France and Germany want deep changes in the treaties that bind the region. They, in short, would increase the ability of the members to sanction those who do not follow strict budget promises. Many of the weaker nations consider this a plan by the two to take over the entire eurozone. Their idea may be still-born because it will require the approval of all members.
The European Central Bank has taken another tack. It plans to reduce the rate its charges the region’s banks for capital. This may help those with balance sheets harmed by sovereign debt loads. However, the program does not address the core problem of sovereign paper refinancing.
The International Monetary Funds still stands in the wings and may offer some capital to right the region’s financial problems. But it will have to raise money from its members or get money from central banks. These banks may argue that it is not their role to help the region through the IMF’s balance sheet. Many nations that would have to contribute to the IMF’s efforts may not have been approached at all. Japan said it has not been told about plans for the IMF to raise $600 billion. That almost certainly means that no plan to do so has been completely formed.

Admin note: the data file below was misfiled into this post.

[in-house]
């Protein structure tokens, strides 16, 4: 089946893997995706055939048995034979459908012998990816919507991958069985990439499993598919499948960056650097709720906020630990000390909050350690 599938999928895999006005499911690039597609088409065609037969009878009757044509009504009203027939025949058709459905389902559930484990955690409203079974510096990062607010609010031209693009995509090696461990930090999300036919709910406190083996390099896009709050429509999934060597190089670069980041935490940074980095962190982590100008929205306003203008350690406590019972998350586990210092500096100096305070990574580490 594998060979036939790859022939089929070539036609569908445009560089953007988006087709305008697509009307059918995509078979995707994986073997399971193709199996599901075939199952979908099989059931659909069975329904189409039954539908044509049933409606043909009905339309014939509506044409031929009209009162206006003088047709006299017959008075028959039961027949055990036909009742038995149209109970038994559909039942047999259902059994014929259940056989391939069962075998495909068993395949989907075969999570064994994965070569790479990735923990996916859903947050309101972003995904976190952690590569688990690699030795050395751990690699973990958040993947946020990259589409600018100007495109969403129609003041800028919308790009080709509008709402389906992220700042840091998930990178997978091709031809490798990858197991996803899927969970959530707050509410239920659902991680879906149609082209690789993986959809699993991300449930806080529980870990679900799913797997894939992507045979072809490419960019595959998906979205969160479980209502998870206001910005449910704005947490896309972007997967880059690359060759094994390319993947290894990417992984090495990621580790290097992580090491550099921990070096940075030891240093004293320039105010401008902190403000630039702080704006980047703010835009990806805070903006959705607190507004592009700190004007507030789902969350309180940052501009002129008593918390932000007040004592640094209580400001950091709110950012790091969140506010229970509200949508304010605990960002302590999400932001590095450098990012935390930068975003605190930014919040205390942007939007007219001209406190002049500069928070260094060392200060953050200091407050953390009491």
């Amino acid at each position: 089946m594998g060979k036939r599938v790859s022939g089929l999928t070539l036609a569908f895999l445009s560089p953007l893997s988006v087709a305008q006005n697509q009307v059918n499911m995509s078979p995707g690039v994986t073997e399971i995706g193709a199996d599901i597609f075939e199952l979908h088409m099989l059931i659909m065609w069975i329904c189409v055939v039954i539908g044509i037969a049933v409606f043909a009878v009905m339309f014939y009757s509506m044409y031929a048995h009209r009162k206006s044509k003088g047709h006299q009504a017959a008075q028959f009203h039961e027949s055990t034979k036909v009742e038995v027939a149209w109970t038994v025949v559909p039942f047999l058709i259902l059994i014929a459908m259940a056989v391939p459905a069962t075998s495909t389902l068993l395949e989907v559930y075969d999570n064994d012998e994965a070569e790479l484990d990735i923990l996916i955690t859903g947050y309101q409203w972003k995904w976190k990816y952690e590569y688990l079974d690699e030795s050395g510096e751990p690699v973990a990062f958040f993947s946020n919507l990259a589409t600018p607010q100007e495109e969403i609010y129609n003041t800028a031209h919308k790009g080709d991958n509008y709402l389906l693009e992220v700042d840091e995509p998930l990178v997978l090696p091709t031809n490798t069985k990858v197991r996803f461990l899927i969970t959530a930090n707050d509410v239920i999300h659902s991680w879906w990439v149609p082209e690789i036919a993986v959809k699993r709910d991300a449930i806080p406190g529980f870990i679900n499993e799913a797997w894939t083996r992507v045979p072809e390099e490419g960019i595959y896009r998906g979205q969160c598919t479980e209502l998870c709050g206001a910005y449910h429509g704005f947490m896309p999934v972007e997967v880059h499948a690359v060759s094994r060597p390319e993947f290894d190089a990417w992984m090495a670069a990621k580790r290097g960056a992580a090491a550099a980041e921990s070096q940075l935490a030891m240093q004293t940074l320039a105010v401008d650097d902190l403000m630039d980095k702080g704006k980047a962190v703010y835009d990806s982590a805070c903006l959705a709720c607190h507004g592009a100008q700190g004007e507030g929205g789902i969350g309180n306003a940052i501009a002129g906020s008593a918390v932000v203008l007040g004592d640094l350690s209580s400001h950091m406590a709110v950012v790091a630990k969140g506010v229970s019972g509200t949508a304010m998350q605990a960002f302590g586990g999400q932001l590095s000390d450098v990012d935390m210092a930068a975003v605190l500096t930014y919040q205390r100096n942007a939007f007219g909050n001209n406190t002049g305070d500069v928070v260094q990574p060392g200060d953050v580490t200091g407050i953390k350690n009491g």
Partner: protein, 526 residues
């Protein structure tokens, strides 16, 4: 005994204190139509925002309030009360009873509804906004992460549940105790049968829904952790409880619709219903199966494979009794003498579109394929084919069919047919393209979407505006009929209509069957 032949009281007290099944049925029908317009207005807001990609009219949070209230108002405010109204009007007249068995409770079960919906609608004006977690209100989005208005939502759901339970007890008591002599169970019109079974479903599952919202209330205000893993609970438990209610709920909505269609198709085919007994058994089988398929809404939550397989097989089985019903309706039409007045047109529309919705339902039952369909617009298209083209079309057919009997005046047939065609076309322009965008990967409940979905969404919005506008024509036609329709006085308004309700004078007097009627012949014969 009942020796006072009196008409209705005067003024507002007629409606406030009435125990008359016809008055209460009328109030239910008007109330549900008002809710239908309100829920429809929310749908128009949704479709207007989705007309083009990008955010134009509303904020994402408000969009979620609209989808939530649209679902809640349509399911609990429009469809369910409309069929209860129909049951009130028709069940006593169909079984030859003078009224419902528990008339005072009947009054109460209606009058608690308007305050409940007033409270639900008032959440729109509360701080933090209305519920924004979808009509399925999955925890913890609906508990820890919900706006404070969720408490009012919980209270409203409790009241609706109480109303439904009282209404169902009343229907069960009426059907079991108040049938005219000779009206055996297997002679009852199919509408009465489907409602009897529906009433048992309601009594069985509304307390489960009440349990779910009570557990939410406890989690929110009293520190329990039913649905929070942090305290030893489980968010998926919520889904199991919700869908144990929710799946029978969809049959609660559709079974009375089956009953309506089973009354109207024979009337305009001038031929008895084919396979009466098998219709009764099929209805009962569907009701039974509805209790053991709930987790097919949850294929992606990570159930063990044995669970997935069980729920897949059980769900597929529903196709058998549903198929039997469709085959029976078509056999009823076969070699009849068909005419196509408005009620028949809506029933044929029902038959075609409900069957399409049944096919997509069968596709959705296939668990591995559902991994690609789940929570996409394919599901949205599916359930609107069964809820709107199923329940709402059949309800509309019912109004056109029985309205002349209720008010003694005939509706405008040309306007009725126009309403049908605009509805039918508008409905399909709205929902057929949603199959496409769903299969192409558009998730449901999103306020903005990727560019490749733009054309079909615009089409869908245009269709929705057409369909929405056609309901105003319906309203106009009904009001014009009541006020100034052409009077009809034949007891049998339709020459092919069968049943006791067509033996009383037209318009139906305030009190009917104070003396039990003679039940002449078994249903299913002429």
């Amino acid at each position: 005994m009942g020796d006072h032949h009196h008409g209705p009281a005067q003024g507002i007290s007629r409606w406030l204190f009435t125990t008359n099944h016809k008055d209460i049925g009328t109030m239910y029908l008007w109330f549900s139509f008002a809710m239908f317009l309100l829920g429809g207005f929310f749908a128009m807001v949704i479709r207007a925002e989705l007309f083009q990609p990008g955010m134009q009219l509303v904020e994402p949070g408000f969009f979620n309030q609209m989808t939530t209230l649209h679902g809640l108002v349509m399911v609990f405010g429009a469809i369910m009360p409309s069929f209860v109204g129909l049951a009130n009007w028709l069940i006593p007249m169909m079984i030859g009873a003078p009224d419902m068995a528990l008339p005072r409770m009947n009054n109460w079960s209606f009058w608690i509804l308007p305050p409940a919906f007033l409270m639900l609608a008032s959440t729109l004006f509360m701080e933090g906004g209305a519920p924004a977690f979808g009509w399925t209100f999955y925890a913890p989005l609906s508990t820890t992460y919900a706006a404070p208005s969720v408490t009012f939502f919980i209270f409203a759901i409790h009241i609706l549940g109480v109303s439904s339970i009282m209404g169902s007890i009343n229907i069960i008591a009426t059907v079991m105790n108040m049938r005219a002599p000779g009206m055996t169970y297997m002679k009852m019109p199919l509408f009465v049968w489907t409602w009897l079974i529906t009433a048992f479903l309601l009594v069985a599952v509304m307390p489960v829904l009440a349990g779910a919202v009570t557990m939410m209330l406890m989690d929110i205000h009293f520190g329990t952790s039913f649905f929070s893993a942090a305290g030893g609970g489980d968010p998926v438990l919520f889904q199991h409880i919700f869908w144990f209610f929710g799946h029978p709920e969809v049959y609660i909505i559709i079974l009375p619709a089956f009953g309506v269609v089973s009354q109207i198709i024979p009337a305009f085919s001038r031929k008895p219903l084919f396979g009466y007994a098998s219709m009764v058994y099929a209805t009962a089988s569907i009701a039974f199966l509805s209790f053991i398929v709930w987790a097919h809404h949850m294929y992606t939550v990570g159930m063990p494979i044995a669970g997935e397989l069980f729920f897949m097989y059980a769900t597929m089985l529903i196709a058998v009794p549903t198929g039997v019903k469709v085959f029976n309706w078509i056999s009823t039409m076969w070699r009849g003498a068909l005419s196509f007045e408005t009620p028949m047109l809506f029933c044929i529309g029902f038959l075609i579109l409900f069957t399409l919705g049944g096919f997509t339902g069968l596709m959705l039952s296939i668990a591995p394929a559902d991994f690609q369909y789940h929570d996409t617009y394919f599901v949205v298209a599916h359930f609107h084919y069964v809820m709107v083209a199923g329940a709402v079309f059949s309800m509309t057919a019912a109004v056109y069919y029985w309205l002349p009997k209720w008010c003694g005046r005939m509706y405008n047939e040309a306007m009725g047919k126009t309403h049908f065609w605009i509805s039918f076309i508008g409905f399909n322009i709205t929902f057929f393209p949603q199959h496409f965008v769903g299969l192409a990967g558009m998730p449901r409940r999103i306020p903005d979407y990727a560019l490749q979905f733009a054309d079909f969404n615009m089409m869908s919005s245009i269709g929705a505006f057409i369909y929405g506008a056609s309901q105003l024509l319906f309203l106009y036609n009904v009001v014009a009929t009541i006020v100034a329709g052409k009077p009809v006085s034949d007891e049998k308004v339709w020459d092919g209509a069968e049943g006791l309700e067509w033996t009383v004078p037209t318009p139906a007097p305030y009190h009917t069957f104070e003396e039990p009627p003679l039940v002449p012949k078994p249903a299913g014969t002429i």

U.S. Treasury Secretary Geithner tours Europe this week as he attempts to persuade finance ministers there to pick a course of action and stick to it. But there are several potential courses of action, and none has gotten enough weight behind it so it is plain that the area’s financials might be saved.
Douglas A. McIntyre